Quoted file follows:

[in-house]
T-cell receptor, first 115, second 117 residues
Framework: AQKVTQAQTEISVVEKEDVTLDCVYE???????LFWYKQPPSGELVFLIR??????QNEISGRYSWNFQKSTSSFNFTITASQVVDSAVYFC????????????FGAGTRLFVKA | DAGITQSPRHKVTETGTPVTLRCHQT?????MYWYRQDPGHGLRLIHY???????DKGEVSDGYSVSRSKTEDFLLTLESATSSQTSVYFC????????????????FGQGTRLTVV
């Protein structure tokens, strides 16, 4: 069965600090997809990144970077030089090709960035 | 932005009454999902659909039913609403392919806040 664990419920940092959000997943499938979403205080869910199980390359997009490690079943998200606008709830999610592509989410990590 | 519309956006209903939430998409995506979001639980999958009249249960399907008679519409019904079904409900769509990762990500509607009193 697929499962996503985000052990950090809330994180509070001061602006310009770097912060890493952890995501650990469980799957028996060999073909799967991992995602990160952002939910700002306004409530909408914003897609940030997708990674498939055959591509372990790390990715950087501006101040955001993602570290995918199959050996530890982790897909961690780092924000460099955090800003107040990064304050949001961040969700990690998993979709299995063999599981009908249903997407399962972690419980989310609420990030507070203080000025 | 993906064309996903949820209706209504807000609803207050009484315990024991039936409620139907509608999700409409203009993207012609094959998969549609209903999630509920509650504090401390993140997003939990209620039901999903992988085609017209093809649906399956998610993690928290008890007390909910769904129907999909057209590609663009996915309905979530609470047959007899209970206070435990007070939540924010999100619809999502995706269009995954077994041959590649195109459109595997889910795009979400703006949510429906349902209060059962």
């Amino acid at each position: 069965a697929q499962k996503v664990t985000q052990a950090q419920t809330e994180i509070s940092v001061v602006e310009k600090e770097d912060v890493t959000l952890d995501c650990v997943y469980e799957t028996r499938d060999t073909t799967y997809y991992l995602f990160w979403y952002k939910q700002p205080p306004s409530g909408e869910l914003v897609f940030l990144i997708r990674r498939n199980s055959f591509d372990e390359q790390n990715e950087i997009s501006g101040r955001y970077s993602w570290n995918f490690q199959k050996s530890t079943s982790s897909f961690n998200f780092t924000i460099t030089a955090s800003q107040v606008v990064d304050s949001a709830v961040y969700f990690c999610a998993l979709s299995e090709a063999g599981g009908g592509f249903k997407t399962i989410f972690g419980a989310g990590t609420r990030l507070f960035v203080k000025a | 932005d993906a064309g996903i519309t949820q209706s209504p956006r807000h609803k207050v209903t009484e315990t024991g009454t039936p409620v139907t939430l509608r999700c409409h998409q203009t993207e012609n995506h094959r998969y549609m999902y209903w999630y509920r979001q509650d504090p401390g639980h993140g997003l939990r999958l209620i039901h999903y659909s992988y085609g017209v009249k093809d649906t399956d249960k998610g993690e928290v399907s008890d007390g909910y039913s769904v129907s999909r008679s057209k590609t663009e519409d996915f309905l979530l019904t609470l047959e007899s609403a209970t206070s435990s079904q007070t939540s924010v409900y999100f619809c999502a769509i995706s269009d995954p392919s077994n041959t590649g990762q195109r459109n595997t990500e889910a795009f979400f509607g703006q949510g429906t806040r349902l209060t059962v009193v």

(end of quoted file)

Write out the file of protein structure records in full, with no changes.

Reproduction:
[in-house]
T-cell receptor, first 115, second 117 residues
Framework: AQKVTQAQTEISVVEKEDVTLDCVYE???????LFWYKQPPSGELVFLIR??????QNEISGRYSWNFQKSTSSFNFTITASQVVDSAVYFC????????????FGAGTRLFVKA | DAGITQSPRHKVTETGTPVTLRCHQT?????MYWYRQDPGHGLRLIHY???????DKGEVSDGYSVSRSKTEDFLLTLESATSSQTSVYFC????????????????FGQGTRLTVV
């Protein structure tokens, strides 16, 4: 069965600090997809990144970077030089090709960035 | 932005009454999902659909039913609403392919806040 664990419920940092959000997943499938979403205080869910199980390359997009490690079943998200606008709830999610592509989410990590 | 519309956006209903939430998409995506979001639980999958009249249960399907008679519409019904079904409900769509990762990500509607009193 697929499962996503985000052990950090809330994180509070001061602006310009770097912060890493952890995501650990469980799957028996060999073909799967991992995602990160952002939910700002306004409530909408914003897609940030997708990674498939055959591509372990790390990715950087501006101040955001993602570290995918199959050996530890982790897909961690780092924000460099955090800003107040990064304050949001961040969700990690998993979709299995063999599981009908249903997407399962972690419980989310609420990030507070203080000025 | 993906064309996903949820209706209504807000609803207050009484315990024991039936409620139907509608999700409409203009993207012609094959998969549609209903999630509920509650504090401390993140997003939990209620039901999903992988085609017209093809649906399956998610993690928290008890007390909910769904129907999909057209590609663009996915309905979530609470047959007899209970206070435990007070939540924010999100619809999502995706269009995954077994041959590649195109459109595997889910795009979400703006949510429906349902209060059962």
């Amino acid at each position: 069965a697929q499962k996503v664990t985000q052990a950090q419920t809330e994180i509070s940092v001061v602006e310009k600090e770097d912060v890493t959000l952890d995501c650990v997943y469980e799957t028996r499938d060999t073909t799967y997809y991992l995602f990160w979403y952002k939910q700002p205080p306004s409530g909408e869910l914003v897609f940030l990144i997708r990674r498939n199980s055959f591509d372990e390359q790390n990715e950087i997009s501006g101040r955001y970077s993602w570290n995918f490690q199959k050996s530890t079943s982790s897909f961690n998200f780092t924000i460099t030089a955090s800003q107040v606008v990064d304050s949001a709830v961040y969700f990690c999610a998993l979709s299995e090709a063999g599981g009908g592509f249903k997407t399962i989410f972690g419980a989310g990590t609420r990030l507070f960035v203080k000025a | 932005d993906a064309g996903i519309t949820q209706s209504p956006r807000h609803k207050v209903t009484e315990t024991g009454t039936p409620v139907t939430l509608r999700c409409h998409q203009t993207e012609n995506h094959r998969y549609m999902y209903w999630y509920r979001q509650d504090p401390g639980h993140g997003l939990r999958l209620i039901h999903y659909s992988y085609g017209v009249k093809d649906t399956d249960k998610g993690e928290v399907s008890d007390g909910y039913s769904v129907s999909r008679s057209k590609t663009e519409d996915f309905l979530l019904t609470l047959e007899s609403a209970t206070s435990s079904q007070t939540s924010v409900y999100f619809c999502a769509i995706s269009d995954p392919s077994n041959t590649g990762q195109r459109n595997t990500e889910a795009f979400f509607g703006q949510g429906t806040r349902l209060t059962v009193v």